Tutorials (0%)
Practical classes 23 sessions of 1 hour (15%)
Online learning (independent) 40 sessions of 1 hour (27%)
Assessment 80 hours (53%)
Total 150 hours
Private study description

No private study requirements defined for this module.


No further costs have been identified for this module.

You do not need to pass all assessment components to pass the module.

Assessment group A1
Weighting Study time
Digital investigation assessment 20% 4 hours

A timed closed book test which tests the ability to perform an investigation given a specific brief, using digital forensic tools in a limited time

Investigation of Dashcams 80% 76 hours

The assessment will be altered each year. The title provided above is indicative. A typical assessment might involve the investigation of dashcam devices to reveal the range and prevalence of digital evidence that can be extracted from the devices.
The report is written for a law enforcement agency and will involve the practical examination of the device itself and the forensic examination of the evidenced created thereof using digital forensic tools.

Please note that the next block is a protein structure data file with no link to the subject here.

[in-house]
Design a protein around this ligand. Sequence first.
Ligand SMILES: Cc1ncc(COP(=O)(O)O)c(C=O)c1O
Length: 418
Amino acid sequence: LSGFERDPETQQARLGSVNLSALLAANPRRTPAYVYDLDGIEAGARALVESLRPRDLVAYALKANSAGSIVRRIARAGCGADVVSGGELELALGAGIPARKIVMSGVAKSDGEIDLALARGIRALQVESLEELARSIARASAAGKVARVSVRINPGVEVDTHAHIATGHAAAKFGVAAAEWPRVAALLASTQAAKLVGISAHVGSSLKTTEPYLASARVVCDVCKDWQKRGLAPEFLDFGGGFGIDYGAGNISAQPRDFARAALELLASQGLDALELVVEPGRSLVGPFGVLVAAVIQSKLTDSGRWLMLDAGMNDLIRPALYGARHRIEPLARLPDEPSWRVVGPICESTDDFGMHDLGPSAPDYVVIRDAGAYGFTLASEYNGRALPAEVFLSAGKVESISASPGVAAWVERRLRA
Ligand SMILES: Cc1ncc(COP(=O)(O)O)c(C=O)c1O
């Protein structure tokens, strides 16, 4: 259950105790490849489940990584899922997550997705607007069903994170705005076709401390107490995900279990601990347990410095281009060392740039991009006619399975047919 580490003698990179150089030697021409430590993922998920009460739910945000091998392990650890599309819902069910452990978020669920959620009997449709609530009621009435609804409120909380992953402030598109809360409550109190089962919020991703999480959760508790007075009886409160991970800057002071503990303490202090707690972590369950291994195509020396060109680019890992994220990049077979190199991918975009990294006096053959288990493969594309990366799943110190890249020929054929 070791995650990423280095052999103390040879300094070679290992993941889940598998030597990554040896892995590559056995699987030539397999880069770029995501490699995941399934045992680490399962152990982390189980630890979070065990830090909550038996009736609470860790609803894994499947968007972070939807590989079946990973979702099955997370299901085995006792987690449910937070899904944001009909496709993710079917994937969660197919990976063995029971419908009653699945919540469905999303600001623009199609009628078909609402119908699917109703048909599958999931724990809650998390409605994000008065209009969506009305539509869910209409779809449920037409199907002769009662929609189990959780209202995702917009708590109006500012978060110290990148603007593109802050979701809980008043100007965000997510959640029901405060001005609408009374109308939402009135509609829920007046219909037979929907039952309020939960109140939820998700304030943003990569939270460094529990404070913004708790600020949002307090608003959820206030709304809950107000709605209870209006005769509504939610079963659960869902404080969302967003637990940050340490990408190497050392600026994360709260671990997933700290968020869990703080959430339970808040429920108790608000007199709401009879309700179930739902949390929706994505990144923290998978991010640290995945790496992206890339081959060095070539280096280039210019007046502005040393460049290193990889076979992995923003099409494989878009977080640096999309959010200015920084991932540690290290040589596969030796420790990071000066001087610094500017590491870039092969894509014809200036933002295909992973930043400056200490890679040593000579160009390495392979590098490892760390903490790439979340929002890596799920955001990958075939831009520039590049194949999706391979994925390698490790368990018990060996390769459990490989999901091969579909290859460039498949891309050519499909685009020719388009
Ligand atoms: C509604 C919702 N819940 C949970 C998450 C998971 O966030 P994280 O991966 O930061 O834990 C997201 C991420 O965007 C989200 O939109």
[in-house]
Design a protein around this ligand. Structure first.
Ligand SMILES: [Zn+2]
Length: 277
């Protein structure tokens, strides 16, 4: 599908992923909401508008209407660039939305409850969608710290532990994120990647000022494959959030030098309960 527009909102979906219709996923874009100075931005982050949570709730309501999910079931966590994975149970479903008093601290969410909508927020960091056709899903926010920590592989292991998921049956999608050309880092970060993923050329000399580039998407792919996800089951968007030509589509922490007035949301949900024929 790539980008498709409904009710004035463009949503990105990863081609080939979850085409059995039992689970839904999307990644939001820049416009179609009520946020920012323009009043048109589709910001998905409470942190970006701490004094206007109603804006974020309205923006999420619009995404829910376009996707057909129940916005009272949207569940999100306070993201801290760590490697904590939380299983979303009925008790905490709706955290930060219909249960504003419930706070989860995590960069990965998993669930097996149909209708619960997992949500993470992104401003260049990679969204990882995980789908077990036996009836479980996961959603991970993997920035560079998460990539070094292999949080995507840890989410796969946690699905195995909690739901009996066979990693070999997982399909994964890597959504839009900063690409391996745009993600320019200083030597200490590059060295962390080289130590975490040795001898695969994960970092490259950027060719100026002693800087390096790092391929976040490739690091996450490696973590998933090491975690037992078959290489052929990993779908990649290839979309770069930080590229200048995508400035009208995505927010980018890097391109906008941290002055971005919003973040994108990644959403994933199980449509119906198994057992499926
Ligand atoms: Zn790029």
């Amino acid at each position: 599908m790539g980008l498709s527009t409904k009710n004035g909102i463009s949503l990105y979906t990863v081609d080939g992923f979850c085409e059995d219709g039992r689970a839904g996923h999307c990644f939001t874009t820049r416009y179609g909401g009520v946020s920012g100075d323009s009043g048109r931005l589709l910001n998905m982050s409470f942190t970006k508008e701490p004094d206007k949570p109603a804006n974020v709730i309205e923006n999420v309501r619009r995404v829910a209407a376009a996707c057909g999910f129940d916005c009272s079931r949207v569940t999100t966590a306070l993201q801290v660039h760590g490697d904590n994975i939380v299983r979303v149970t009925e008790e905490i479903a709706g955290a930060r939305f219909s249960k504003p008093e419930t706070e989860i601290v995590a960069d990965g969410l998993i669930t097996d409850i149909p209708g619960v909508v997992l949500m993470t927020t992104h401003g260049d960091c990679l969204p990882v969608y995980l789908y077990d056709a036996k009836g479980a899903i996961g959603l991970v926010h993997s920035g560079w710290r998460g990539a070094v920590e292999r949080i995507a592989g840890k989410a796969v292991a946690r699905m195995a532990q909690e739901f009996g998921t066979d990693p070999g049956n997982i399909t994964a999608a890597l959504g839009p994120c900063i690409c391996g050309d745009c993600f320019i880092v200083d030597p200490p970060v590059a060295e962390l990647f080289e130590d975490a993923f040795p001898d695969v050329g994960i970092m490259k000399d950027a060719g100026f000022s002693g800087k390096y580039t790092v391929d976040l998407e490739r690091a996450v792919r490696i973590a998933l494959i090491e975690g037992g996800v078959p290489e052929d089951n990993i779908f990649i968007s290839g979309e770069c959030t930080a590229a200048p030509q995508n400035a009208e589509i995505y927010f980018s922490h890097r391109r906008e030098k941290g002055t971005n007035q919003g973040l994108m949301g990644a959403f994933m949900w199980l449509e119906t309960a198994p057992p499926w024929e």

Assessment group R1
Weighting Study time
Investigation of Dashcams 100%

The assessment will be altered each year. The title provided above is indicative. A typical reassessment will involve a second investigation which will use a different dataset. Participants will be required to investigate the dataset and reveal the existence and prevalence of digital evidence that can be extracted from the devices.
The report is written for a law enforcement agency and will involve the practical examination of the device itself and the forensic examination of the evidenced created thereof using digital forensic tools.

Feedback on assessment

Feedback will be provided as annotated commentary within the submitted work. High level feedback will be provided on a standard WMG feedback sheet. Students will have an opportunity to get further feedback and support directly from the module tutor.


This module is Core for:

  • Cyber Security Management (New Degree)